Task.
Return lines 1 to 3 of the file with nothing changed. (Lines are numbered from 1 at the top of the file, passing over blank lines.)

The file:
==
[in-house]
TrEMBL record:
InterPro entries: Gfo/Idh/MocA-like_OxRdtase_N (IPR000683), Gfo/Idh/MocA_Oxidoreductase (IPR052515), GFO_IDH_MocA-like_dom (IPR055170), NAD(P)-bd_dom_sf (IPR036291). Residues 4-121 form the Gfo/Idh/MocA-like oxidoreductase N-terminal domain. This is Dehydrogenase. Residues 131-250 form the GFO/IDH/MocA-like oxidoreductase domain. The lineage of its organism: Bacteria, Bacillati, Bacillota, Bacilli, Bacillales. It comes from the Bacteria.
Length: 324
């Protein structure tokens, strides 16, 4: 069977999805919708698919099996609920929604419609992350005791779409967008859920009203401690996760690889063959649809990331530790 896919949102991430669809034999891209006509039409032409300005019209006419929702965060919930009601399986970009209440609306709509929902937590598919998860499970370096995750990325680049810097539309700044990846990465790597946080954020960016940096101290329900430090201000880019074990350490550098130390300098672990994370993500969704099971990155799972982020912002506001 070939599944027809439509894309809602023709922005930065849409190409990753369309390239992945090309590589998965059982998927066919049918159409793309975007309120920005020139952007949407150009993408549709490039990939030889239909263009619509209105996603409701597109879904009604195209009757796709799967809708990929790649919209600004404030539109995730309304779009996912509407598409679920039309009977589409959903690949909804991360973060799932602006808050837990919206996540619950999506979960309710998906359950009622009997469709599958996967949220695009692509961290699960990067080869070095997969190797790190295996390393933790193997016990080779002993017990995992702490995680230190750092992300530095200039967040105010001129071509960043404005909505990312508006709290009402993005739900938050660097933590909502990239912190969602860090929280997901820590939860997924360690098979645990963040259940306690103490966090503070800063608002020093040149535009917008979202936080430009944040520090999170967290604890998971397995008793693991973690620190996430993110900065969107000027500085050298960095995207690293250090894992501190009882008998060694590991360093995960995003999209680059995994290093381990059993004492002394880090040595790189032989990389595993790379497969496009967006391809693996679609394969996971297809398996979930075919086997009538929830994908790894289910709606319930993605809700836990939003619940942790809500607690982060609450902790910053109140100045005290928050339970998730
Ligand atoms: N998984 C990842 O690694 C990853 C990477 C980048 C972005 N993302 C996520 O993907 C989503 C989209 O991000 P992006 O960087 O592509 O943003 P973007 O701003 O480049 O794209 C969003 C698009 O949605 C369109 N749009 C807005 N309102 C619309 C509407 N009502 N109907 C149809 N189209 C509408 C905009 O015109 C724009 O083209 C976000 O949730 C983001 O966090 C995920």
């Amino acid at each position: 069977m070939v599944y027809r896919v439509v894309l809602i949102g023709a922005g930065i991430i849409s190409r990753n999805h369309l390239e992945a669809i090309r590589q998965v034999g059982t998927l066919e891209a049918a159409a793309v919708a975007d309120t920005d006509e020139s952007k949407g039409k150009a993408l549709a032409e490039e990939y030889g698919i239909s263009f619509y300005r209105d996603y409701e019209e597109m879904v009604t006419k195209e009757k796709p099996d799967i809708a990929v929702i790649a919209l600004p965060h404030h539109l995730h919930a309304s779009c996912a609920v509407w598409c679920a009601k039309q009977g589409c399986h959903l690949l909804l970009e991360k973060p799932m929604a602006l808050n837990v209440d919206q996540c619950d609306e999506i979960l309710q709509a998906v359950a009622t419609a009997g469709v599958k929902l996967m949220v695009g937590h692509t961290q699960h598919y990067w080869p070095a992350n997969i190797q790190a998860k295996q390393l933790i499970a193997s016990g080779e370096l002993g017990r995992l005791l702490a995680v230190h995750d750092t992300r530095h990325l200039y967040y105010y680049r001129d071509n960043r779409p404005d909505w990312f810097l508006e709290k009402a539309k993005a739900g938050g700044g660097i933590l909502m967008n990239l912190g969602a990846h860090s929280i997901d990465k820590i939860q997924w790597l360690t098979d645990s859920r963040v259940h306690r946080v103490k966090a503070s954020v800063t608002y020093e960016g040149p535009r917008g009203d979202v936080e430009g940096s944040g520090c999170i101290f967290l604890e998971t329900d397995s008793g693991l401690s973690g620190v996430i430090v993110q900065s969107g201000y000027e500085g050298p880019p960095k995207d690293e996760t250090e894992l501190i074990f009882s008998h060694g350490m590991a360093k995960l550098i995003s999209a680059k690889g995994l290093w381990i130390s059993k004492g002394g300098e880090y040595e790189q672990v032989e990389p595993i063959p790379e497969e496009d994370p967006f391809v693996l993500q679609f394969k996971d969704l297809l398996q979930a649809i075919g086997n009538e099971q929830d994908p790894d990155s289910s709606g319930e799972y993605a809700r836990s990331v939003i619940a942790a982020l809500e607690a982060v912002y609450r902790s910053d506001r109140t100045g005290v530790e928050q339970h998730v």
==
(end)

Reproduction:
[in-house]
TrEMBL record:
InterPro entries: Gfo/Idh/MocA-like_OxRdtase_N (IPR000683), Gfo/Idh/MocA_Oxidoreductase (IPR052515), GFO_IDH_MocA-like_dom (IPR055170), NAD(P)-bd_dom_sf (IPR036291). Residues 4-121 form the Gfo/Idh/MocA-like oxidoreductase N-terminal domain. This is Dehydrogenase. Residues 131-250 form the GFO/IDH/MocA-like oxidoreductase domain. The lineage of its organism: Bacteria, Bacillati, Bacillota, Bacilli, Bacillales. It comes from the Bacteria.